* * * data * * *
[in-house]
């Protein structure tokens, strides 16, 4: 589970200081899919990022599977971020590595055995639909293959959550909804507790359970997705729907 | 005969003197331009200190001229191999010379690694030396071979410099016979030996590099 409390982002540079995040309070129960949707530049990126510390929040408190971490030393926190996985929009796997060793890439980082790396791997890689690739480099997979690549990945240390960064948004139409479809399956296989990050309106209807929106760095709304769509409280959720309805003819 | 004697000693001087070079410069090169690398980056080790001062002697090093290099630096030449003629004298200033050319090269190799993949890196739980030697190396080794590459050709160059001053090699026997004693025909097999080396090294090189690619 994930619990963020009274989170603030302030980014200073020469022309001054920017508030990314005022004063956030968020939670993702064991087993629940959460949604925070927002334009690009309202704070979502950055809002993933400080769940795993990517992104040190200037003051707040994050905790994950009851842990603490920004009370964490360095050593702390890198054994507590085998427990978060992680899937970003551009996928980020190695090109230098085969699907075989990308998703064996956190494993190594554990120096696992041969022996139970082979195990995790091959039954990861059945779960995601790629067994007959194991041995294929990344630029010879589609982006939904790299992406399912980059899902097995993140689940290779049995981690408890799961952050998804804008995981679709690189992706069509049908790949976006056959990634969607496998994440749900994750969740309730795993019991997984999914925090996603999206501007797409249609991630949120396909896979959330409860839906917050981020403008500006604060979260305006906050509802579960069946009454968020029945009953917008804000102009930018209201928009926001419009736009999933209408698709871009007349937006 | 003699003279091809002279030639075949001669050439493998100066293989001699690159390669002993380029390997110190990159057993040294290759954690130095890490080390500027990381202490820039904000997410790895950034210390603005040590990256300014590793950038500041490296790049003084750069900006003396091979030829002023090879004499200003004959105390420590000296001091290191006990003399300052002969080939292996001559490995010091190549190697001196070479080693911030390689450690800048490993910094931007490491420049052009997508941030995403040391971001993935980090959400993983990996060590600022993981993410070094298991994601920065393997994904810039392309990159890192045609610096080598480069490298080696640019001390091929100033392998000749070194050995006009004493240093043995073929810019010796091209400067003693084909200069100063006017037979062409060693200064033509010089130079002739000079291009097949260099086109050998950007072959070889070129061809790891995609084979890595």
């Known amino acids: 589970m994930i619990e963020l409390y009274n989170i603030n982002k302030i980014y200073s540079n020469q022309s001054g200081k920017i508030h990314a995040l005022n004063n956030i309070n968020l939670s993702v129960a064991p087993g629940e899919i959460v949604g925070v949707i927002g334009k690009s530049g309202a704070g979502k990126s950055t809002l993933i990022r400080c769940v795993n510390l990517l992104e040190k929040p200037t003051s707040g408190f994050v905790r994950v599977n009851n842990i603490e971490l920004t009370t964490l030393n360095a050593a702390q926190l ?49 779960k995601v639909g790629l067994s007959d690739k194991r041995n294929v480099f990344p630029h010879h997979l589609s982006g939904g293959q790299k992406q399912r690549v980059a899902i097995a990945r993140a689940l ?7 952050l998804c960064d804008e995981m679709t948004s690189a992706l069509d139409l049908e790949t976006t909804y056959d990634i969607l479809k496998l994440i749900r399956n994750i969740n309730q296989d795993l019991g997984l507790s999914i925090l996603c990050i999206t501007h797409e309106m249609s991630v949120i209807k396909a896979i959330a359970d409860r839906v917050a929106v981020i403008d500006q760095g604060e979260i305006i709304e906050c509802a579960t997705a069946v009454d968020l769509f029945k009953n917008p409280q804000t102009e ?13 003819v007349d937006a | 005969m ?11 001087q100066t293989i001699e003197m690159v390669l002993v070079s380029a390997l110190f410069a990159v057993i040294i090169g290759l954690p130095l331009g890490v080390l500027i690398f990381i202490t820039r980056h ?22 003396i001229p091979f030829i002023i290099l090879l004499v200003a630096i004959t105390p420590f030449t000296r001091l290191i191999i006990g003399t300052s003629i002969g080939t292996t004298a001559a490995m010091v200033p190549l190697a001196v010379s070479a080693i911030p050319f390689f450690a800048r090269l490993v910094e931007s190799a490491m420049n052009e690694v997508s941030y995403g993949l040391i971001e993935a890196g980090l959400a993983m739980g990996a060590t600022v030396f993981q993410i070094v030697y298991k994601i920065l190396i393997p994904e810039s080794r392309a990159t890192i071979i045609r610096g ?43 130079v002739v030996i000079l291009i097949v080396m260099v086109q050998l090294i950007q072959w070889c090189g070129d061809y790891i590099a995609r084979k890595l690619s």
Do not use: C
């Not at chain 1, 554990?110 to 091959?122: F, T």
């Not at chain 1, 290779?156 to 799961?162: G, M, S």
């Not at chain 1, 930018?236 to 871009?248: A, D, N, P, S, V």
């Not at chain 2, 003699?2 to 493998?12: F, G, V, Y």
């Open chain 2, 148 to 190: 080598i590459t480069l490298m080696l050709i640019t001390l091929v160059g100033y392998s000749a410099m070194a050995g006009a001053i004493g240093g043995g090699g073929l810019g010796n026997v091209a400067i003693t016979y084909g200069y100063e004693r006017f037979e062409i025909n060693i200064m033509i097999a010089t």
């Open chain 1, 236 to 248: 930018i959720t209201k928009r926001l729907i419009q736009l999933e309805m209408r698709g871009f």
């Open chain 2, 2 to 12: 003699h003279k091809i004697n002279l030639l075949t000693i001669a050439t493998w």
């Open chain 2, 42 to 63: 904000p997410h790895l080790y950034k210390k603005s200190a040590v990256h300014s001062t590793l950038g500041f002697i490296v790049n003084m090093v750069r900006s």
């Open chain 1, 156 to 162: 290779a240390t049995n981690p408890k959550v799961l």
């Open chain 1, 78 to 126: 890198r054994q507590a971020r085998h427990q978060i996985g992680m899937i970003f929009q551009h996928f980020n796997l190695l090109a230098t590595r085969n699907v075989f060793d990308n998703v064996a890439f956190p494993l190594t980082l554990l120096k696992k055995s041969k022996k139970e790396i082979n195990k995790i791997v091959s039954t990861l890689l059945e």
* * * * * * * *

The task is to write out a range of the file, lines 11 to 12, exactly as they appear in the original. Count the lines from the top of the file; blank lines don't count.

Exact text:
């Open chain 2, 2 to 12: 003699h003279k091809i004697n002279l030639l075949t000693i001669a050439t493998w």
């Open chain 2, 42 to 63: 904000p997410h790895l080790y950034k210390k603005s200190a040590v990256h300014s001062t590793l950038g500041f002697i490296v790049n003084m090093v750069r900006s």